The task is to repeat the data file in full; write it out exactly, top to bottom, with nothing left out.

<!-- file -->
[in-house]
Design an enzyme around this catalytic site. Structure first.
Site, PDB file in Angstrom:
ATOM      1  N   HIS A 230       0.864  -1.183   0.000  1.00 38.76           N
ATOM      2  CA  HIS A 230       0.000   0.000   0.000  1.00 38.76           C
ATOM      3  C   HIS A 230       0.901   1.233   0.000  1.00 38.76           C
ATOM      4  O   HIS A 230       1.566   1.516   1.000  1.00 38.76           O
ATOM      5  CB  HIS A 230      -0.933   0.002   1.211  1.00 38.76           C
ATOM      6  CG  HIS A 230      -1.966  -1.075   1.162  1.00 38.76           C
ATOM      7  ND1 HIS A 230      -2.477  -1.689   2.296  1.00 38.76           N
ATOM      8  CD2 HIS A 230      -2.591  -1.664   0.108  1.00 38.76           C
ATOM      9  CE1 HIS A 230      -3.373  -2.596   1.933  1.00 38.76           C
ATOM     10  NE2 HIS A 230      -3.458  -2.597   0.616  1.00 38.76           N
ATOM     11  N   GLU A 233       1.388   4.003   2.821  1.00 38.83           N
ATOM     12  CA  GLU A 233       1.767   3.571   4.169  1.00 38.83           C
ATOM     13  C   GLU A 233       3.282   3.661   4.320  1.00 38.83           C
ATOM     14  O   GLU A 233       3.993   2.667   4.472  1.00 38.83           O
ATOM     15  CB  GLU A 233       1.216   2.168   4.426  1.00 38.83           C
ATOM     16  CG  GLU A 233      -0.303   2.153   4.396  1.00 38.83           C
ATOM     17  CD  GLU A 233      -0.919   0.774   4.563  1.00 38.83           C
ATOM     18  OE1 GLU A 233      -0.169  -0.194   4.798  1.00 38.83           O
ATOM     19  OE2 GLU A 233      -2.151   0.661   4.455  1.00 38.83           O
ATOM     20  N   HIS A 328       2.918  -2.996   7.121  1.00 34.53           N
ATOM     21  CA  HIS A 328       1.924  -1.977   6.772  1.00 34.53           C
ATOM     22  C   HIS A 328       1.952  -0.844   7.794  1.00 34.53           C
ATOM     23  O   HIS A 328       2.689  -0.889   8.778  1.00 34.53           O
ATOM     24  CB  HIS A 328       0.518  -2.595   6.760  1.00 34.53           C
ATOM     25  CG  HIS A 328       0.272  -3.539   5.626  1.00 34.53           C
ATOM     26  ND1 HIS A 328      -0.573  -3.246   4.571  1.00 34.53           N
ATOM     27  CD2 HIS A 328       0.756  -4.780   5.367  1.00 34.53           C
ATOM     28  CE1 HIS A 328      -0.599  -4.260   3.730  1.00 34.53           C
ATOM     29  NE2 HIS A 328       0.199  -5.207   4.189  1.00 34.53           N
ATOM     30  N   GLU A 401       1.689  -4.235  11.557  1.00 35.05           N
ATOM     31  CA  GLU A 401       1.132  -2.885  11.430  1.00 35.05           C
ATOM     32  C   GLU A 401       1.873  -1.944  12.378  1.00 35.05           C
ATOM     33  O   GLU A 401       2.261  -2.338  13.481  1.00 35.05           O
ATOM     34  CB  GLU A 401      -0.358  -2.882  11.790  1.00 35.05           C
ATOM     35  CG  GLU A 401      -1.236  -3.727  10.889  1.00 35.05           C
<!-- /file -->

[in-house]
Design an enzyme around this catalytic site. Structure first.
Site, PDB file in Angstrom:
ATOM      1  N   HIS A 230       0.864  -1.183   0.000  1.00 38.76           N
ATOM      2  CA  HIS A 230       0.000   0.000   0.000  1.00 38.76           C
ATOM      3  C   HIS A 230       0.901   1.233   0.000  1.00 38.76           C
ATOM      4  O   HIS A 230       1.566   1.516   1.000  1.00 38.76           O
ATOM      5  CB  HIS A 230      -0.933   0.002   1.211  1.00 38.76           C
ATOM      6  CG  HIS A 230      -1.966  -1.075   1.162  1.00 38.76           C
ATOM      7  ND1 HIS A 230      -2.477  -1.689   2.296  1.00 38.76           N
ATOM      8  CD2 HIS A 230      -2.591  -1.664   0.108  1.00 38.76           C
ATOM      9  CE1 HIS A 230      -3.373  -2.596   1.933  1.00 38.76           C
ATOM     10  NE2 HIS A 230      -3.458  -2.597   0.616  1.00 38.76           N
ATOM     11  N   GLU A 233       1.388   4.003   2.821  1.00 38.83           N
ATOM     12  CA  GLU A 233       1.767   3.571   4.169  1.00 38.83           C
ATOM     13  C   GLU A 233       3.282   3.661   4.320  1.00 38.83           C
ATOM     14  O   GLU A 233       3.993   2.667   4.472  1.00 38.83           O
ATOM     15  CB  GLU A 233       1.216   2.168   4.426  1.00 38.83           C
ATOM     16  CG  GLU A 233      -0.303   2.153   4.396  1.00 38.83           C
ATOM     17  CD  GLU A 233      -0.919   0.774   4.563  1.00 38.83           C
ATOM     18  OE1 GLU A 233      -0.169  -0.194   4.798  1.00 38.83           O
ATOM     19  OE2 GLU A 233      -2.151   0.661   4.455  1.00 38.83           O
ATOM     20  N   HIS A 328       2.918  -2.996   7.121  1.00 34.53           N
ATOM     21  CA  HIS A 328       1.924  -1.977   6.772  1.00 34.53           C
ATOM     22  C   HIS A 328       1.952  -0.844   7.794  1.00 34.53           C
ATOM     23  O   HIS A 328       2.689  -0.889   8.778  1.00 34.53           O
ATOM     24  CB  HIS A 328       0.518  -2.595   6.760  1.00 34.53           C
ATOM     25  CG  HIS A 328       0.272  -3.539   5.626  1.00 34.53           C
ATOM     26  ND1 HIS A 328      -0.573  -3.246   4.571  1.00 34.53           N
ATOM     27  CD2 HIS A 328       0.756  -4.780   5.367  1.00 34.53           C
ATOM     28  CE1 HIS A 328      -0.599  -4.260   3.730  1.00 34.53           C
ATOM     29  NE2 HIS A 328       0.199  -5.207   4.189  1.00 34.53           N
ATOM     30  N   GLU A 401       1.689  -4.235  11.557  1.00 35.05           N
ATOM     31  CA  GLU A 401       1.132  -2.885  11.430  1.00 35.05           C
ATOM     32  C   GLU A 401       1.873  -1.944  12.378  1.00 35.05           C
ATOM     33  O   GLU A 401       2.261  -2.338  13.481  1.00 35.05           O
ATOM     34  CB  GLU A 401      -0.358  -2.882  11.790  1.00 35.05           C
ATOM     35  CG  GLU A 401      -1.236  -3.727  10.889  1.00 35.05           C